The Inhumane Practice of Constant Light Exposure in Immigrant Detention Facilities

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Subjecting children to constant illumination in detainment facilities is medically harmful and ethically indefensible.
Subjecting children to constant illumination in detainment facilities is medically harmful and ethically indefensible.

A perspective article published in the New England Journal of Medicine denounced the practice of subjecting immigrant children to constant illumination in detainment facilities after forced separation from their parents at the United States-Mexico border.1

Despite an executive order issued on June 20, 2018 to end family separations, 1100 children remain at the Ursula facility in McAllen, Texas, where, according to author Charles A. Czeisler, PhD, MD, from the Division of Sleep and Circadian Disorders at Brigham and Women's Hospital in Boston, Massachusetts, the "overhead lighting stays on around the clock." Constant light exposure causes prolonged sleep deprivation and disrupts circadian rhythms and can be particularly harmful during the childhood stages of development. Chronic sleep deficiency in early life can have long-term consequences, including later-life obesity, hypertension, poorer memory processing, and learning ability, and increased risk for "adverse mental health outcomes." The mental consequences of sleep deprivation for children include increased risk for anxiety disorders, substance abuse, feeling of hopelessness, depression, and suicidal ideation.

After family separations, Dr Czeisler argues, the US government becomes responsible for properly housing immigrant children; by exposing them to constant illumination, it fails to provide even basic care. Previous research conducted by Dr Czeisler and colleagues2 found that "sleep deficiency combined with… circadian disruption can induce a prediabetic state… within 2 weeks." Additional research has shown that constant light exposure can diminish muscle and bone mass in mammals, with some study subjects showing early signs of osteoporosis. After 8 weeks of constant light exposure, mammals enter a "proinflammatory state" in which "hemoglobin, hematocrit, and lymphocyte levels [drop] while neutrophils [double]." The children in these facilities are coping with separation from their families and forced incarceration; the added burden of constant illumination is medically harmful and ethically indefensible.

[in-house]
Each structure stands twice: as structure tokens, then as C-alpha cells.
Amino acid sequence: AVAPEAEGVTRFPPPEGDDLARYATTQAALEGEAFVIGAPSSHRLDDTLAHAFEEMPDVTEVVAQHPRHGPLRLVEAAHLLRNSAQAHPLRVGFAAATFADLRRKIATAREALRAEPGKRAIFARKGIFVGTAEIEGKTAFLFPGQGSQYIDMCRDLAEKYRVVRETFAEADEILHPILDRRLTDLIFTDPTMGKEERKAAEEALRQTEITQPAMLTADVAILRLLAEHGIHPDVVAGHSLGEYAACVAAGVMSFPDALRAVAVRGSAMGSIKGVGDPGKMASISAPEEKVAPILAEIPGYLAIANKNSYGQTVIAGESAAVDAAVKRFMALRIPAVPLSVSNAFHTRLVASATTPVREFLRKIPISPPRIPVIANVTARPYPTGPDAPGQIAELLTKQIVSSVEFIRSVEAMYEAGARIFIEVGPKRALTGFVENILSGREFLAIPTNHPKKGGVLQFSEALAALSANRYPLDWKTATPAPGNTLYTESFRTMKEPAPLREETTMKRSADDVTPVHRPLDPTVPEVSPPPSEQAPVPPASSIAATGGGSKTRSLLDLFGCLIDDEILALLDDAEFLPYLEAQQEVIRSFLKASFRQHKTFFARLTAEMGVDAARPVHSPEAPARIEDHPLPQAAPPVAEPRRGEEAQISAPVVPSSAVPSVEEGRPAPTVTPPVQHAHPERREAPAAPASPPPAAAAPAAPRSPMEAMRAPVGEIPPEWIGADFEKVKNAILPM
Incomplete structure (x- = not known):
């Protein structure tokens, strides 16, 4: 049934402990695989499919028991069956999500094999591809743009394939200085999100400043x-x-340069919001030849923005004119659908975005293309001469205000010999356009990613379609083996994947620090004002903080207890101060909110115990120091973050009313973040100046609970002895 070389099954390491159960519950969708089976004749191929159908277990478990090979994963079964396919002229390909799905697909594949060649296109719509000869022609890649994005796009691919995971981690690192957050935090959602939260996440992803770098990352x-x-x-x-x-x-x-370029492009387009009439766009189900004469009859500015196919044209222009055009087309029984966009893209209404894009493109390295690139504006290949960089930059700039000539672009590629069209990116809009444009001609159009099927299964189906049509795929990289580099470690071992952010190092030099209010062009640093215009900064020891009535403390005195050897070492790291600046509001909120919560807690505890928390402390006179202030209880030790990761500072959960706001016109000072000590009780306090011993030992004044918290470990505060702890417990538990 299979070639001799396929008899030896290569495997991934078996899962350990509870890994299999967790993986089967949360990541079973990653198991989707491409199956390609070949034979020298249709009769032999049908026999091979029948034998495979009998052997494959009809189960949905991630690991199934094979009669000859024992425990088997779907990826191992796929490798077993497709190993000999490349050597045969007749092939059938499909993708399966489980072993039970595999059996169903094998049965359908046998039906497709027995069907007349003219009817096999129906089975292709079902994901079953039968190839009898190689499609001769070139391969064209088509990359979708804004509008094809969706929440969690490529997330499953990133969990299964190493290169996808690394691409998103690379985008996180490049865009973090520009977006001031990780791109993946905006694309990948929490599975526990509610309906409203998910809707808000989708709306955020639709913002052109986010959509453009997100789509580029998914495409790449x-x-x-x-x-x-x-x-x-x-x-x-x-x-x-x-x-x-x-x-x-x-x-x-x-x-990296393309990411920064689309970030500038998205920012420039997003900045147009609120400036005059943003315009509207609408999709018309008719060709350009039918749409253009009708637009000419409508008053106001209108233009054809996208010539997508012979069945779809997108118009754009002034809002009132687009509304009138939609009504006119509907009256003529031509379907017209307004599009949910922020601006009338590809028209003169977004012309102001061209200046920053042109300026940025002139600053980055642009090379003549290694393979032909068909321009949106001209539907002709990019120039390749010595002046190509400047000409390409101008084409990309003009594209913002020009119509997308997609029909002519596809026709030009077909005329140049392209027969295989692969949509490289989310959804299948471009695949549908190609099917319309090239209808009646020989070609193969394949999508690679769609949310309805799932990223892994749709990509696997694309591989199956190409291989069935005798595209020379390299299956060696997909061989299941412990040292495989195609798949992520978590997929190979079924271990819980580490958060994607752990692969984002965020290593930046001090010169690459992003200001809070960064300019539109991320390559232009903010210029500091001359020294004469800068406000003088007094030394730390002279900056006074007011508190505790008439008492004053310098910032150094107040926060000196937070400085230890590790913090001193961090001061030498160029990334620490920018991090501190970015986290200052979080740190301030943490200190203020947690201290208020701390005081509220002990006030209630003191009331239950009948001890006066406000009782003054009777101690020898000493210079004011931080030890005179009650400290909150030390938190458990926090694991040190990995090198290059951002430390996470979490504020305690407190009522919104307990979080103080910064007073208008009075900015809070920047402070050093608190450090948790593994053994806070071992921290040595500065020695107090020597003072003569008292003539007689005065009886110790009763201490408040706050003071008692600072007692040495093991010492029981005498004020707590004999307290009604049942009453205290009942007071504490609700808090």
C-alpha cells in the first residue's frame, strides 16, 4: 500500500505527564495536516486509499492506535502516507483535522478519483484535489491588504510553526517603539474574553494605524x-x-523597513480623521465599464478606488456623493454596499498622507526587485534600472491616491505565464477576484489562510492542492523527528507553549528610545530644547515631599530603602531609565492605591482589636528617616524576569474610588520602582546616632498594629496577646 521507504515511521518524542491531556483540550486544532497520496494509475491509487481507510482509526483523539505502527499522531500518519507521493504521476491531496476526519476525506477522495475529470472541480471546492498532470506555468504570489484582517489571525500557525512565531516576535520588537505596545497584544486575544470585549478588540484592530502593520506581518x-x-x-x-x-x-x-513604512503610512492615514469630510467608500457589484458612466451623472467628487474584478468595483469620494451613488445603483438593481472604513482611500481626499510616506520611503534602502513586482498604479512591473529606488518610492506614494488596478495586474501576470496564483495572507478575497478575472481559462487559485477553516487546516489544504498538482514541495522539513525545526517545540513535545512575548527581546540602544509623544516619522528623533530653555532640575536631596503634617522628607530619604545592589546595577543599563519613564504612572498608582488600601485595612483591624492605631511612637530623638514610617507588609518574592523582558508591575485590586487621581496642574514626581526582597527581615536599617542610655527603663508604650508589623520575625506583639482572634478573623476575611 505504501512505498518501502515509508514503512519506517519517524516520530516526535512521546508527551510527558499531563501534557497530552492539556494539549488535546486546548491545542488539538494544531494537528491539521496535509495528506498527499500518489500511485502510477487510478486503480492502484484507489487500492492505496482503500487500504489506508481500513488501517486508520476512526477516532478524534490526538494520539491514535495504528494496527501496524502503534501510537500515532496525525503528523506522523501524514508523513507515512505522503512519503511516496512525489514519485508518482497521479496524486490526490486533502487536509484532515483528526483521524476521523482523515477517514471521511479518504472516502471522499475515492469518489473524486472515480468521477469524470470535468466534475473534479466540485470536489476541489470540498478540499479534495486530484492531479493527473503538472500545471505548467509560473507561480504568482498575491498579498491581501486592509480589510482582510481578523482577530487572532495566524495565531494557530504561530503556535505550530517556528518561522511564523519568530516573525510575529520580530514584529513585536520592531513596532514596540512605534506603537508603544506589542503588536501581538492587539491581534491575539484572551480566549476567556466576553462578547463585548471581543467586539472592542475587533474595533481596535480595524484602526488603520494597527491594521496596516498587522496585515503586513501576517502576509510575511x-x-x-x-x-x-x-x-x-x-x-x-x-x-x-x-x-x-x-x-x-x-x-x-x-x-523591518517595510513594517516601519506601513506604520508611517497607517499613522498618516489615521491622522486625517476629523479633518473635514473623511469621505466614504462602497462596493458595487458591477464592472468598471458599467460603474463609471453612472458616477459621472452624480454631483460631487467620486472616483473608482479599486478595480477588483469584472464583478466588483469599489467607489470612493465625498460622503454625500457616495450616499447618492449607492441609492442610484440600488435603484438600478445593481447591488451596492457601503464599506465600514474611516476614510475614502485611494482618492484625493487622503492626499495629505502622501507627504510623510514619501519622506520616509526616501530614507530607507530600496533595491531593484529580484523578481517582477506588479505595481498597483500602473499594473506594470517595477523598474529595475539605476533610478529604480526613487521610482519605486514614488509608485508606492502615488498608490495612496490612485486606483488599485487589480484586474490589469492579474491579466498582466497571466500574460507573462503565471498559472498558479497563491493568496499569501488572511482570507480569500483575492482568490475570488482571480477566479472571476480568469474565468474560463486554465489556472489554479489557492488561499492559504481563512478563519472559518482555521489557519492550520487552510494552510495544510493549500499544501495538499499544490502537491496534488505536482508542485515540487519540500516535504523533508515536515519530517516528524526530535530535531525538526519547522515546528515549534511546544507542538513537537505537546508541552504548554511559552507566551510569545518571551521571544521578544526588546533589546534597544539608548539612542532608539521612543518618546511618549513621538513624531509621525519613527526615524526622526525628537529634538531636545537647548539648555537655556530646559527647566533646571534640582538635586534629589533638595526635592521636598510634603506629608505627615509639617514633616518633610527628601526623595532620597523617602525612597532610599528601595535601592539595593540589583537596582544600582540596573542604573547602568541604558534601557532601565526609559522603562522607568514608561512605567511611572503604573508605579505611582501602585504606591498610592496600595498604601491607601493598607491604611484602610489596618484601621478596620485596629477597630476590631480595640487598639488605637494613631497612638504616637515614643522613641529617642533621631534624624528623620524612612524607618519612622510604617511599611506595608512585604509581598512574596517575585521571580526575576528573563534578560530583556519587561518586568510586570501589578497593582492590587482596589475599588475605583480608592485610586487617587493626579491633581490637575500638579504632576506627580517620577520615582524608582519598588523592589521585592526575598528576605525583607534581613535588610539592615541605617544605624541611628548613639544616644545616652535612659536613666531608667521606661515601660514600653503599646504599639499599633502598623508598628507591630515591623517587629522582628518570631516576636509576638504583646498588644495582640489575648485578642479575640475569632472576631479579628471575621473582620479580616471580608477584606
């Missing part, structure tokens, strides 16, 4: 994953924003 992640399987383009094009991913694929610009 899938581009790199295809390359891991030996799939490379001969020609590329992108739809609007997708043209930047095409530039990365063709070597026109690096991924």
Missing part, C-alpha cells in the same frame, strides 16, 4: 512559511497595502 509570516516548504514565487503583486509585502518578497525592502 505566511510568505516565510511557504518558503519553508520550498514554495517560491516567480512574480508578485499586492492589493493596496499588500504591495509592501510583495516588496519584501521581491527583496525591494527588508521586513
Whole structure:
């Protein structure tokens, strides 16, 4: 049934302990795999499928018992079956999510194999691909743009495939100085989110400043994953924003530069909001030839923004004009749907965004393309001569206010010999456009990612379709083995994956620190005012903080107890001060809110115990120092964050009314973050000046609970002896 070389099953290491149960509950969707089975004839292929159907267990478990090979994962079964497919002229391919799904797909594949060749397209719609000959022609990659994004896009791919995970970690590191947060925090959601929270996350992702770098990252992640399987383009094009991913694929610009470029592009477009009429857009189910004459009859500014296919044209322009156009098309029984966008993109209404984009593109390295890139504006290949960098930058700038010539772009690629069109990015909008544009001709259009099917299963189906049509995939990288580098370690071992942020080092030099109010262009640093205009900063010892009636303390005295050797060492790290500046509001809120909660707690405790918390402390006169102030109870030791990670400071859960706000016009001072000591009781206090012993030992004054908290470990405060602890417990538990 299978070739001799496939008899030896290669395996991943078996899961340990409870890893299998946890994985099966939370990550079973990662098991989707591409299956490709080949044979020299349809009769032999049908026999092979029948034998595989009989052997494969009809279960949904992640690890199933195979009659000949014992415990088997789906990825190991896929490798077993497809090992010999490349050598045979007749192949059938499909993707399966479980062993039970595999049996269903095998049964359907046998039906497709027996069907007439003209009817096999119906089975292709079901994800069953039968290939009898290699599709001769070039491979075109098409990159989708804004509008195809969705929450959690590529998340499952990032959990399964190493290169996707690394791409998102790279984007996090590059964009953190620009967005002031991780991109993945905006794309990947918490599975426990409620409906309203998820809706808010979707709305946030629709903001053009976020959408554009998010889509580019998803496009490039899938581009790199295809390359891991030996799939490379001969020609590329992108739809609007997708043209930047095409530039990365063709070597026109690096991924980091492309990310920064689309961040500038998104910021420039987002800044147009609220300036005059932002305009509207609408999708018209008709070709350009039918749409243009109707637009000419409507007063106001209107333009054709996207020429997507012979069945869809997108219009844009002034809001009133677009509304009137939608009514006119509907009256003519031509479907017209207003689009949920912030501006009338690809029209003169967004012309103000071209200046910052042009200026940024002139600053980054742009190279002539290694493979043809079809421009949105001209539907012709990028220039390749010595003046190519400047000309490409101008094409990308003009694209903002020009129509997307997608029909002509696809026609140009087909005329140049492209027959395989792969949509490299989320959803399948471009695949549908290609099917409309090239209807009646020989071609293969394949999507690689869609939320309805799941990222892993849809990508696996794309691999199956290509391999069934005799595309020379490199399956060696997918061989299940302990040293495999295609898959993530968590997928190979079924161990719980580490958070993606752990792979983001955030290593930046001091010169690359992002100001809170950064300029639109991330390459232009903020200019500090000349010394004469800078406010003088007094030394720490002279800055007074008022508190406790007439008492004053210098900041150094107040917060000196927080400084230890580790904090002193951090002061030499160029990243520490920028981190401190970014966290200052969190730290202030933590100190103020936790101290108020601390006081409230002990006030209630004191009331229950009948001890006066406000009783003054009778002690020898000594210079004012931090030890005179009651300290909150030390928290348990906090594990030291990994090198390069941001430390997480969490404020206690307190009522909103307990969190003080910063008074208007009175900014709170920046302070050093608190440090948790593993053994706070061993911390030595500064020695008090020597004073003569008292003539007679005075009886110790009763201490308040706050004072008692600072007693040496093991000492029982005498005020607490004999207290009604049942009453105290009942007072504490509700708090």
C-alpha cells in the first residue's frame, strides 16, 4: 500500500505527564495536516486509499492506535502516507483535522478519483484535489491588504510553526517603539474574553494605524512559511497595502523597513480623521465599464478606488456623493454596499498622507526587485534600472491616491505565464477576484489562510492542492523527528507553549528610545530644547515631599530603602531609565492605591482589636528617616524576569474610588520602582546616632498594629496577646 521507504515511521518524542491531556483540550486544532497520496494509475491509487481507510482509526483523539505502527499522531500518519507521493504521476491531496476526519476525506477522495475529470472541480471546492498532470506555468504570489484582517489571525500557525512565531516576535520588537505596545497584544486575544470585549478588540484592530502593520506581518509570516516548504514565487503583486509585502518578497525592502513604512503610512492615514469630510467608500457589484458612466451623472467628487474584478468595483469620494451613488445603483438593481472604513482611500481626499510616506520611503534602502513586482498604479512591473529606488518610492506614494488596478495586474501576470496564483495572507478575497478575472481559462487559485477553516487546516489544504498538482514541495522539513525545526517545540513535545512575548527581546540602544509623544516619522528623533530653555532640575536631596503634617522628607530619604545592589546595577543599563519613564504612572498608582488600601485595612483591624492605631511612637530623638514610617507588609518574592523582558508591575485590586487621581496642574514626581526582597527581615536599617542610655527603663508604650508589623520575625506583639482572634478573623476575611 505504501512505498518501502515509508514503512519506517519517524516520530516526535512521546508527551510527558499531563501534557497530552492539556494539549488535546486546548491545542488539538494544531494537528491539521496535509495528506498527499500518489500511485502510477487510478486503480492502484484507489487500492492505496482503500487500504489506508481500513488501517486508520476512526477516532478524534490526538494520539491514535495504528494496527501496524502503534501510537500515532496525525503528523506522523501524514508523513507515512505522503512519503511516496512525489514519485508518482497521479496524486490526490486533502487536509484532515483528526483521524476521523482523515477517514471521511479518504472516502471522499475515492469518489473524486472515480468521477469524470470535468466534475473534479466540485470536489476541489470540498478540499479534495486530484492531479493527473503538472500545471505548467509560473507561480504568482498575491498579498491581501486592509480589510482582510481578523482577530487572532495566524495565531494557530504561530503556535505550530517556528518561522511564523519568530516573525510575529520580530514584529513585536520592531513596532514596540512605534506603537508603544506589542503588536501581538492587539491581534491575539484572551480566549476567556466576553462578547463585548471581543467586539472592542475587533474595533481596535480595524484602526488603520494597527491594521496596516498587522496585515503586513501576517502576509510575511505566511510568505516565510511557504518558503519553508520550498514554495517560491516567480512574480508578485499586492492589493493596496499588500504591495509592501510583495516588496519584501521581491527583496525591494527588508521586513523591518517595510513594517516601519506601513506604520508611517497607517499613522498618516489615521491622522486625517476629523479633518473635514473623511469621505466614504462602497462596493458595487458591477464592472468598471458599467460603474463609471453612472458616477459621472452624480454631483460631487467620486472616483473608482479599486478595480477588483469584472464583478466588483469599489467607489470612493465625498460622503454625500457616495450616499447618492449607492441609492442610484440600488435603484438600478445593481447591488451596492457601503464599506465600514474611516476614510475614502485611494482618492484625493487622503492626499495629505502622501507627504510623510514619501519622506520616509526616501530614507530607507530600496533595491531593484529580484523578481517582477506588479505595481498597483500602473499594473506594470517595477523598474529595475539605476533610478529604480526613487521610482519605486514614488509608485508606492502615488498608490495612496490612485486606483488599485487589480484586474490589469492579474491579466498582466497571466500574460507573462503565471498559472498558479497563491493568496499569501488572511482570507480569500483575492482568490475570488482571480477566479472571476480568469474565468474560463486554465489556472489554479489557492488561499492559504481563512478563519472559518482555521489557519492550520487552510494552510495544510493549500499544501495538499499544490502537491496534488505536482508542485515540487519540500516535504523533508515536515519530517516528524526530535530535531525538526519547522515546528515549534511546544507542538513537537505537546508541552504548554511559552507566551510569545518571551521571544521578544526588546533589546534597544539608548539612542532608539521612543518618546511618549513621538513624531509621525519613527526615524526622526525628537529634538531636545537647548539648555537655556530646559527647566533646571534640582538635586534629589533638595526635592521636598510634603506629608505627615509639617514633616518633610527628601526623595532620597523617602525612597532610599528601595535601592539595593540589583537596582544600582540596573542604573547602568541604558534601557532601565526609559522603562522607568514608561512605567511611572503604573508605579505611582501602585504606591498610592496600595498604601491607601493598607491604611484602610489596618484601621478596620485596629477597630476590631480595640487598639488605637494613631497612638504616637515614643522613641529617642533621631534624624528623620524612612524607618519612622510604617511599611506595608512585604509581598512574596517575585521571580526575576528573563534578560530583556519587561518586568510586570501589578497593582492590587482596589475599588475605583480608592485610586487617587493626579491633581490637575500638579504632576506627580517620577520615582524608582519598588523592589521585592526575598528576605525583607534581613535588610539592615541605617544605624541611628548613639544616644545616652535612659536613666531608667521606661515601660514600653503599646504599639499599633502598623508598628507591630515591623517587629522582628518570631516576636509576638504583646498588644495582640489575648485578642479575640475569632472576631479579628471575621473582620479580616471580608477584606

The practice of family separations has been described by the president of the American Academy of Pediatrics as a "form of child abuse."3 Dr Czeisler argues that constant illumination is an additional measure of trauma enacted against immigrant children in these facilities and insists that, at the very least, the Department of Homeland Security (DHS) turn off the lights at the Ursula facility at appropriate times. Per statistical analyses, it costs US taxpayers $800 per person per day to support these "tent cities": at that cost, the DHS could feasibly provide at least a more proper housing arrangement, in lieu of eliminating the detainment facilities altogether.

References

  1. Czeisler CA. Housing Immigrant Children — The Inhumanity of Constant Illumination [published online June 22, 2018]. N Engl J Med. doi:10.1056/NEJMp1808450
  2. Czeisler CA. Duration, timing, and quality of sleep are each vital for health, performance and safety. Sleep Health. 2015;1(1):5-8.
  3. Doctor: Family separation is child abuse. CNN. https://www.cnn.com/videos/us/2018/06/18/colleen-kraft-american-academy-of-pediatrics-family-separation-child-abuse-ath.cnn/video/playlists/at-this-hour-video/. Accessed July 9, 2018.

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